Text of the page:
Regarding his trust in the director's unique vision, Lemley concludes, "You could put three people in a room, give them the same camera and ask them to take the same shot. Timur's image would be amazing."
Of his thoughts on visual imagery, Bekmambetov remarks, "It is like 100 ideas are going on inside my brain, all fighting to come out. What happens is this makes a new style, maybe something that no one has seen before. I want to put the audience in the action--in the middle--so that they go on a journey with the character, not just sit and watch."
The director's mantra seems to be a fantastic realism on each of his projects. He believes there should be a realistic base to every action, every emotion, no matter how outlandish the circumstances. As a director, his attention to detail gives him something on which to focus--a solid way into each scene.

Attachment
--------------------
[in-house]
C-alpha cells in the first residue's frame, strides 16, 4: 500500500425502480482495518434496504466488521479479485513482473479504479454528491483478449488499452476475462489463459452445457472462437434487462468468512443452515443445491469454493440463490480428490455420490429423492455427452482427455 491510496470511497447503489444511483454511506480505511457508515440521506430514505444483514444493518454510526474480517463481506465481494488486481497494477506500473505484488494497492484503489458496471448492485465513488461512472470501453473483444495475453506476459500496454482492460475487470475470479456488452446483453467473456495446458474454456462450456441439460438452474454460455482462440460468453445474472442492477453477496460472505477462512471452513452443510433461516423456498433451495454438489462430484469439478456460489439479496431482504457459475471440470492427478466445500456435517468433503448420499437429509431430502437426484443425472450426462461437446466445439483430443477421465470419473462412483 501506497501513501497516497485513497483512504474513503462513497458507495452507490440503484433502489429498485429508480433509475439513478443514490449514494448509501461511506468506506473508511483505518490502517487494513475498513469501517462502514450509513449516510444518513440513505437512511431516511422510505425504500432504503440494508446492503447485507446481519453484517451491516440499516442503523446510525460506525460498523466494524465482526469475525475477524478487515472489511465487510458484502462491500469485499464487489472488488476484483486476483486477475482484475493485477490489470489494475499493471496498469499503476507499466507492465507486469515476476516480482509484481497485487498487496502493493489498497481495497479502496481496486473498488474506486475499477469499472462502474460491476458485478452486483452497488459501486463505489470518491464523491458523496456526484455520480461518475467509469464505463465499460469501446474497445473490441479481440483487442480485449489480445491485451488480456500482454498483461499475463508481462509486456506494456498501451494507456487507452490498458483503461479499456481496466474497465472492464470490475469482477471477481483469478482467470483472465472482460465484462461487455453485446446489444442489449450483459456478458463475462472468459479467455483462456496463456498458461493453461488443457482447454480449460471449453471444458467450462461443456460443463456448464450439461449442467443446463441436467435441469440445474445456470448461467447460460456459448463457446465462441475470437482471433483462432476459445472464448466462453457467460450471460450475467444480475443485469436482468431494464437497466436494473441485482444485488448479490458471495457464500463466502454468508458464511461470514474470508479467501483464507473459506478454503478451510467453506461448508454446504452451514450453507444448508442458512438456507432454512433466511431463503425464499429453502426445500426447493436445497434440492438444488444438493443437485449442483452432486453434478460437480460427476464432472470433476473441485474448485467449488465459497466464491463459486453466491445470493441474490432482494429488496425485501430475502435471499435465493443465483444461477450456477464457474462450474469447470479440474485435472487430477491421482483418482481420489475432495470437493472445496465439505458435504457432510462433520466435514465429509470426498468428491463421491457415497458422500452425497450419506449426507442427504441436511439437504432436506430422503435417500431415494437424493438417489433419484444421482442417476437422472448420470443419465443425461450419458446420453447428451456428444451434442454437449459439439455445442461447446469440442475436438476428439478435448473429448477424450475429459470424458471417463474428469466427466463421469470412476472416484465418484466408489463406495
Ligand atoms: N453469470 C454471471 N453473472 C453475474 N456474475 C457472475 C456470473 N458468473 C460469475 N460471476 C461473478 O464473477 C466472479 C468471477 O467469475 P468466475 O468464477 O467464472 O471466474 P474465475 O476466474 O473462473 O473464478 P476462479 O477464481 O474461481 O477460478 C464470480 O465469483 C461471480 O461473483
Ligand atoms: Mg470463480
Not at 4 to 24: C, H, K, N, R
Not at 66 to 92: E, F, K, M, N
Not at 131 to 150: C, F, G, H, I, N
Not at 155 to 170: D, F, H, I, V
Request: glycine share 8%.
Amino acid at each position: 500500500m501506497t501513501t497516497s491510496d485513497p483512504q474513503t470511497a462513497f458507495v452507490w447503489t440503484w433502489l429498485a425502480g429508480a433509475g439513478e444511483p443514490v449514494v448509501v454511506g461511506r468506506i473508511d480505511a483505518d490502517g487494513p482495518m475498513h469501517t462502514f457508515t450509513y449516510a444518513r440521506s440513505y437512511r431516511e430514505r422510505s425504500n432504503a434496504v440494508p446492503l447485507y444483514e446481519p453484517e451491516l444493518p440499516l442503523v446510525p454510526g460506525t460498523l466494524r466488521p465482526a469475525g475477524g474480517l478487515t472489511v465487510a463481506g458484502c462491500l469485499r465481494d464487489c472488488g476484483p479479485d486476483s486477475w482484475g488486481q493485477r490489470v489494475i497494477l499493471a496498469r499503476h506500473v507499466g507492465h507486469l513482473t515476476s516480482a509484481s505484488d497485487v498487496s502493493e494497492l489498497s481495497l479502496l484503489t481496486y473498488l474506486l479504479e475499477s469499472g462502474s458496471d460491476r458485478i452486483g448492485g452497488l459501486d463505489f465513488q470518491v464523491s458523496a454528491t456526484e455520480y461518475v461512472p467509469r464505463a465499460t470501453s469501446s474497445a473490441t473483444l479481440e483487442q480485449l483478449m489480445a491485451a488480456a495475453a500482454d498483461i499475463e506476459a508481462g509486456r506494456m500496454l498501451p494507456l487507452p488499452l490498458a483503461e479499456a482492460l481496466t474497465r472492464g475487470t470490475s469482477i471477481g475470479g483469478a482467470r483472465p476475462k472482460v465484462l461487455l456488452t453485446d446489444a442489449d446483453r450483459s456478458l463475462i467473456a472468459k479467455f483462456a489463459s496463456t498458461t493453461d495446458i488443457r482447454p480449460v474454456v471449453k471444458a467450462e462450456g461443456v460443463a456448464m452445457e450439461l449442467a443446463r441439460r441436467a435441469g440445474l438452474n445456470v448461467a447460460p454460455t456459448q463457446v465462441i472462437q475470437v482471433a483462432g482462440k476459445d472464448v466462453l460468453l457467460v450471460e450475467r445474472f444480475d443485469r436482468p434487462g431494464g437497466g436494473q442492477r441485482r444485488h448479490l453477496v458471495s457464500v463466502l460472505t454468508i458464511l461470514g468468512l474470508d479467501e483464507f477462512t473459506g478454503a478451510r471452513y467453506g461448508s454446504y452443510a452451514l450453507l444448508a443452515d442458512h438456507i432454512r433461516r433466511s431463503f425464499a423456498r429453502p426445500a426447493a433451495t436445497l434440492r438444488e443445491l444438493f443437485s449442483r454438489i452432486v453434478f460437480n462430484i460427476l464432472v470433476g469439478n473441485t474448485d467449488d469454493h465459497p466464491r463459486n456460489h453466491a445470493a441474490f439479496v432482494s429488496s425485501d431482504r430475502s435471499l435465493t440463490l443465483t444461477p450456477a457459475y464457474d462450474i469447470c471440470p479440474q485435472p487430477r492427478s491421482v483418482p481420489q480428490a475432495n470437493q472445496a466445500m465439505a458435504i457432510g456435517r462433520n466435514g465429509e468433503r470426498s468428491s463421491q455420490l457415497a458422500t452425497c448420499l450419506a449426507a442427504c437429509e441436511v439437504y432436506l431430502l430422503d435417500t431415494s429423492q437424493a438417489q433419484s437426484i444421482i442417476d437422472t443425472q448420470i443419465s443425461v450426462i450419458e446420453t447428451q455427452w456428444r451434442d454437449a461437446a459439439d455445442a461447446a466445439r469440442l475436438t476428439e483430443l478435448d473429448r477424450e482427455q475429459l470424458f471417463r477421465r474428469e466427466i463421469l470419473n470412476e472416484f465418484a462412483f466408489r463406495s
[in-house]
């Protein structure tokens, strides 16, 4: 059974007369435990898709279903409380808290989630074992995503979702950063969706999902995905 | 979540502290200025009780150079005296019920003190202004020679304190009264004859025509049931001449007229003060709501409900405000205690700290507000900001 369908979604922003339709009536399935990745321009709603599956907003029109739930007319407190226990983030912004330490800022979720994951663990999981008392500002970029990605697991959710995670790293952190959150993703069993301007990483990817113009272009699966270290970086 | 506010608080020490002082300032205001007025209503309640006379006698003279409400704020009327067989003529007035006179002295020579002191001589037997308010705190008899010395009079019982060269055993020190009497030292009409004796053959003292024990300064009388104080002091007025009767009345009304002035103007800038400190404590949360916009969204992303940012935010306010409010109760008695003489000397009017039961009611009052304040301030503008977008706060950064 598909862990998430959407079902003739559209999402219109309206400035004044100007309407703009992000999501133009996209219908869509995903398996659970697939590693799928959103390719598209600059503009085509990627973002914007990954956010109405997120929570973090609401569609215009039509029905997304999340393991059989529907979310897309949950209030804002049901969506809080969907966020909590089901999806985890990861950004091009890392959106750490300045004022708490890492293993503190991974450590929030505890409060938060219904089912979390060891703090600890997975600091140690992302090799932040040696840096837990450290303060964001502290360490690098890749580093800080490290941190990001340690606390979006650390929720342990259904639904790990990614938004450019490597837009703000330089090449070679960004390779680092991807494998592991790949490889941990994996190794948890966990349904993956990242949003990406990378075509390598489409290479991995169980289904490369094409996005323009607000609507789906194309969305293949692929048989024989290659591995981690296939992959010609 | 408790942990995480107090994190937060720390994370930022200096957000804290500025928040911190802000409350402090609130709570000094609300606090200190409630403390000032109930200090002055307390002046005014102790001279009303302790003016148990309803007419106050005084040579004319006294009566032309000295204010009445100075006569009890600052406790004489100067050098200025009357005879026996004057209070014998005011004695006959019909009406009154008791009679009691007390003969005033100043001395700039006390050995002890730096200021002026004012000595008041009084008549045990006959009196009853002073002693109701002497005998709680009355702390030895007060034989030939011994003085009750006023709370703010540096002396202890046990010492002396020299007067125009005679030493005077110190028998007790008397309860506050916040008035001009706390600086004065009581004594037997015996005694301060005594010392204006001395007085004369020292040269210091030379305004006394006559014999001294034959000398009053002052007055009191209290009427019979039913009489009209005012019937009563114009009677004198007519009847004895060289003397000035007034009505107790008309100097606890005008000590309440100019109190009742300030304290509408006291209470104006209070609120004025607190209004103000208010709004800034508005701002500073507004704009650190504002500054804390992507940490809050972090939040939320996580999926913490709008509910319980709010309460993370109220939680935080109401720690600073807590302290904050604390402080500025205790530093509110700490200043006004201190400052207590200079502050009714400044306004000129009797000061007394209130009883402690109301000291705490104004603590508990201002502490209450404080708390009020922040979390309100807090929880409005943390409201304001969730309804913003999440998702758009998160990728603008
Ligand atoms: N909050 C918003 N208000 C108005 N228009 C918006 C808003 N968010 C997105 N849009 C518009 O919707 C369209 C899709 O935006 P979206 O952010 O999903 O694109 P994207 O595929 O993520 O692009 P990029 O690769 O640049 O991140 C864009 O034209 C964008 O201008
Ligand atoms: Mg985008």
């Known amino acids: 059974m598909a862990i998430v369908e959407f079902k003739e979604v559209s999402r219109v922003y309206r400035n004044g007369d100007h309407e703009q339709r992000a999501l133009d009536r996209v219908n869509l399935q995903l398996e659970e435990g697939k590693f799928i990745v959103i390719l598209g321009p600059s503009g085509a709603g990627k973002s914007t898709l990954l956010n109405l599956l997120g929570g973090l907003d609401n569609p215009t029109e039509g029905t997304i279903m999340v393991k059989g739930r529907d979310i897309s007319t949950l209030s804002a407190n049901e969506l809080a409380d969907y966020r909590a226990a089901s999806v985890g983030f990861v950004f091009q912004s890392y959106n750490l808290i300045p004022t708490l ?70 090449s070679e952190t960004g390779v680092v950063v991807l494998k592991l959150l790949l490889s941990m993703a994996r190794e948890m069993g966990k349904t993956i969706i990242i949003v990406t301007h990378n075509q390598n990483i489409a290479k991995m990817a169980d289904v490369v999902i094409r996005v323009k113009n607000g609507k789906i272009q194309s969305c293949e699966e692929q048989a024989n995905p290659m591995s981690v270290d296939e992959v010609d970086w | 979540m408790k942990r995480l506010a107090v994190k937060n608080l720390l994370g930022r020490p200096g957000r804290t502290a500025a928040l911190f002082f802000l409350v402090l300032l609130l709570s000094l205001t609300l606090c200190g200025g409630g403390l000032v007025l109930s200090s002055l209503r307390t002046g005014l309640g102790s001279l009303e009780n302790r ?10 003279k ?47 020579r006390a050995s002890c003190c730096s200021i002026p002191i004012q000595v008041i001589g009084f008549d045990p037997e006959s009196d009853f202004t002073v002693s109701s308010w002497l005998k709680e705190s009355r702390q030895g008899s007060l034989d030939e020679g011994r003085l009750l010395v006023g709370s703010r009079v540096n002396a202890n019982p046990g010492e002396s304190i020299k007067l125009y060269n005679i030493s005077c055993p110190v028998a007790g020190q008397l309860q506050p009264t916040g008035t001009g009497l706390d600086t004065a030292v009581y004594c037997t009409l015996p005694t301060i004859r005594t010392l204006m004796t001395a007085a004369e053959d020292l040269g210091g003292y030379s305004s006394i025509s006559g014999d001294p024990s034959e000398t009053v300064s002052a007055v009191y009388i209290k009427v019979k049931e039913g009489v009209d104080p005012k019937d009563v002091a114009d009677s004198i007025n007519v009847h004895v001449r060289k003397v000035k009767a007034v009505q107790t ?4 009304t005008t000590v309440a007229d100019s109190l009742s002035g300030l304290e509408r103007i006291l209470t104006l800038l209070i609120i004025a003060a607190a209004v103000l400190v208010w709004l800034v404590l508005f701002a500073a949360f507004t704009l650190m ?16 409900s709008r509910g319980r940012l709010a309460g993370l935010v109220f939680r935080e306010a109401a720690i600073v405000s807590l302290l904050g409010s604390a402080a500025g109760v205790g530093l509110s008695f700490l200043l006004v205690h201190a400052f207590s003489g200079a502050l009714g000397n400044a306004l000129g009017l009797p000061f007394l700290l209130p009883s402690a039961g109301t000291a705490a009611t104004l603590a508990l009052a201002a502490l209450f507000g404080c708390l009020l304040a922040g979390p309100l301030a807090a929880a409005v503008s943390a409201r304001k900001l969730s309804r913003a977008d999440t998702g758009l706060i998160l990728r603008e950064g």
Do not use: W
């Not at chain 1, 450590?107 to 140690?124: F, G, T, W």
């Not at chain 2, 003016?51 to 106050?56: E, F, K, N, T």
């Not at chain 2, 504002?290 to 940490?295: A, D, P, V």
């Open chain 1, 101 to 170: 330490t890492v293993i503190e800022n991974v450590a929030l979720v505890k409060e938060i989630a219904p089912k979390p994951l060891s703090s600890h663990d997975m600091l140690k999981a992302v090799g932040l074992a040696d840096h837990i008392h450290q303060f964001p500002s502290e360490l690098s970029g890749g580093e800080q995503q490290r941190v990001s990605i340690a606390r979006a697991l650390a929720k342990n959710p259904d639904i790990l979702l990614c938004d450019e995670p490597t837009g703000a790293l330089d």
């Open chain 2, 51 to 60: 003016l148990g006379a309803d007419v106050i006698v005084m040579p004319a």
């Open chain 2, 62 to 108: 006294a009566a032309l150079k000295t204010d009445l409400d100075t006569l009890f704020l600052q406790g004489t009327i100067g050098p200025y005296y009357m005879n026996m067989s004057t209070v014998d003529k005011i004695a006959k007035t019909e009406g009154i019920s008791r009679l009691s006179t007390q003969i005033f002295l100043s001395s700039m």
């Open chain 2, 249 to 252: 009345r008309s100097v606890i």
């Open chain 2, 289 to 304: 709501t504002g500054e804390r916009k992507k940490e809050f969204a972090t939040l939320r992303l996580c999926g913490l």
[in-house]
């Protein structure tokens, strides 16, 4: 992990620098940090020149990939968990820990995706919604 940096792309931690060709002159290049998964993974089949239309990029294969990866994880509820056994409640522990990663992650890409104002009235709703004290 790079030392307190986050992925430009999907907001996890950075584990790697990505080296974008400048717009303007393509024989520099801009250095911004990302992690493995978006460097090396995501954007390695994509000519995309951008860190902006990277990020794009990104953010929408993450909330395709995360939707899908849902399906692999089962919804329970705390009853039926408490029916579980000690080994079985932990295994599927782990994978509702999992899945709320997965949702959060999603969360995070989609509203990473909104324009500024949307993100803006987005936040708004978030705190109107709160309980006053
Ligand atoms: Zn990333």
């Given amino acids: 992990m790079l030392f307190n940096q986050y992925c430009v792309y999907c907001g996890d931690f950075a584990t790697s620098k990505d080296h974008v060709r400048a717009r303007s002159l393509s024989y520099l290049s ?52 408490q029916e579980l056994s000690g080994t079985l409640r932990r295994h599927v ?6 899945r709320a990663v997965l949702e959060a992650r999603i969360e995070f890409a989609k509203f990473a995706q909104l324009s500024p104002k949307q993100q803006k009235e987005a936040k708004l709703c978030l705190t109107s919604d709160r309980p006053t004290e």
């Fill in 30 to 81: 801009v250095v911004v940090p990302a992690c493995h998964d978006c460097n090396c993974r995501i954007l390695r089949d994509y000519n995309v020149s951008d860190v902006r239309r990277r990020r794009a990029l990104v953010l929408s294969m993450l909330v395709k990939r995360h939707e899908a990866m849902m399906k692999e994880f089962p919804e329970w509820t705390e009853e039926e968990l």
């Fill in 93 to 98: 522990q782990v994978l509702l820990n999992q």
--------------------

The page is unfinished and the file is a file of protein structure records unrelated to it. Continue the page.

"Making my first film in English is not so different from my other movies," claims the director. "I just try to communicate with the audience, fall in love with them in a way and make a good movie for them--be a good storyteller for them."
The director's approach to filmmaking and skewed tone hardly changed with his move to an American-studio and English-language production. Platt adds, "Bekmambetov brings a very strong sardonic sense to his work, which was very present in all of his previous films. Not in a silly, broad way, but in a dark, comedic way that constantly undercuts the earnestness of the proceedings. It is the irony that he brings to the project, both narratively and visually, that gives Wanted a very unique tone."